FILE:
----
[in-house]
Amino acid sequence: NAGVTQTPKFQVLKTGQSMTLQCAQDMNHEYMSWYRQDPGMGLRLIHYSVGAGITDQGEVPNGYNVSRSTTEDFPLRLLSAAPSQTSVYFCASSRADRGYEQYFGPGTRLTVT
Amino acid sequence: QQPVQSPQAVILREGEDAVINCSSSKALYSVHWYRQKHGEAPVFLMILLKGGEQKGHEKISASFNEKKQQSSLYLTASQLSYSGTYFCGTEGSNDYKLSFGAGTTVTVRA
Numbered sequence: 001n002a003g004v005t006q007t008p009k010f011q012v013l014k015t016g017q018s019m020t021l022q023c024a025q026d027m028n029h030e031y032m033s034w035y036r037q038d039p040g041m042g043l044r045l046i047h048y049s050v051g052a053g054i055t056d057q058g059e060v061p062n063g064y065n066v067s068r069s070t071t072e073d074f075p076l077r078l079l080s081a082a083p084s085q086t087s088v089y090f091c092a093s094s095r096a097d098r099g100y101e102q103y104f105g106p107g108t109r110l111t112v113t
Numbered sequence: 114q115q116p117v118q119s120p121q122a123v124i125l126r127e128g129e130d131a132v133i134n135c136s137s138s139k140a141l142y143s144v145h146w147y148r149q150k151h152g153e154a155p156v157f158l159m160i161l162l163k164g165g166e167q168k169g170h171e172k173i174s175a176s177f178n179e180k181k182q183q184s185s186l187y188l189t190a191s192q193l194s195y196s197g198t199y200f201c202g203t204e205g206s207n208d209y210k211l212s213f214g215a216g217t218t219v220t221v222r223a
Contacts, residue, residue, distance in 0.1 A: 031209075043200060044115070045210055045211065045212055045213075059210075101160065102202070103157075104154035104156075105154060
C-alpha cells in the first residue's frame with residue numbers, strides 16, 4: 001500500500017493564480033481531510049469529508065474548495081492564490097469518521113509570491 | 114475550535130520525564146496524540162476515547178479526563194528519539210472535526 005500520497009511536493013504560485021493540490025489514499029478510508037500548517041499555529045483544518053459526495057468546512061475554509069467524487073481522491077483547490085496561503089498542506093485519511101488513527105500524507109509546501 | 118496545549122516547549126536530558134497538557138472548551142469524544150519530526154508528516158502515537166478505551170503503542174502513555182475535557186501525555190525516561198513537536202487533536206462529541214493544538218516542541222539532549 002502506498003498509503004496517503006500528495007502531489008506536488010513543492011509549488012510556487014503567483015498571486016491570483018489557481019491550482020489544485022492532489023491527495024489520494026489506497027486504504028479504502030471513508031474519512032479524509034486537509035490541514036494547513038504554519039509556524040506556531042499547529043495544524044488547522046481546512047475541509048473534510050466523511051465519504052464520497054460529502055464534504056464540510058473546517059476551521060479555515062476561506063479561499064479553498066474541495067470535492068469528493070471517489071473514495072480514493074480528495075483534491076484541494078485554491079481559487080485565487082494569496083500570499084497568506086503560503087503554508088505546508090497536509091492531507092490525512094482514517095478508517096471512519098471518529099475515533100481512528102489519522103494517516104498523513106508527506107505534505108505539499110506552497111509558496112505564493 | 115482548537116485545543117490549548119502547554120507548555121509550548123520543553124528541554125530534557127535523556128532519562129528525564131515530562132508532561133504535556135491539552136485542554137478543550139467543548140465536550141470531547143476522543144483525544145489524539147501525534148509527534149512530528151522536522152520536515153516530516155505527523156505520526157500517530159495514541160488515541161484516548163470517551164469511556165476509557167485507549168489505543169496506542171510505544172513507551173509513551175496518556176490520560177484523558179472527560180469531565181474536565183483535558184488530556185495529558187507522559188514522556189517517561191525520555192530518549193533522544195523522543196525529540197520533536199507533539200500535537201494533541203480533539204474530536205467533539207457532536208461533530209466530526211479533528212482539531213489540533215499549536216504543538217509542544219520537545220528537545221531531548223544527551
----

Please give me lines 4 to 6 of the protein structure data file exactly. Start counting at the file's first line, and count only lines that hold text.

Numbered sequence: 001n002a003g004v005t006q007t008p009k010f011q012v013l014k015t016g017q018s019m020t021l022q023c024a025q026d027m028n029h030e031y032m033s034w035y036r037q038d039p040g041m042g043l044r045l046i047h048y049s050v051g052a053g054i055t056d057q058g059e060v061p062n063g064y065n066v067s068r069s070t071t072e073d074f075p076l077r078l079l080s081a082a083p084s085q086t087s088v089y090f091c092a093s094s095r096a097d098r099g100y101e102q103y104f105g106p107g108t109r110l111t112v113t
Numbered sequence: 114q115q116p117v118q119s120p121q122a123v124i125l126r127e128g129e130d131a132v133i134n135c136s137s138s139k140a141l142y143s144v145h146w147y148r149q150k151h152g153e154a155p156v157f158l159m160i161l162l163k164g165g166e167q168k169g170h171e172k173i174s175a176s177f178n179e180k181k182q183q184s185s186l187y188l189t190a191s192q193l194s195y196s197g198t199y200f201c202g203t204e205g206s207n208d209y210k211l212s213f214g215a216g217t218t219v220t221v222r223a
Contacts, residue, residue, distance in 0.1 A: 031209075043200060044115070045210055045211065045212055045213075059210075101160065102202070103157075104154035104156075105154060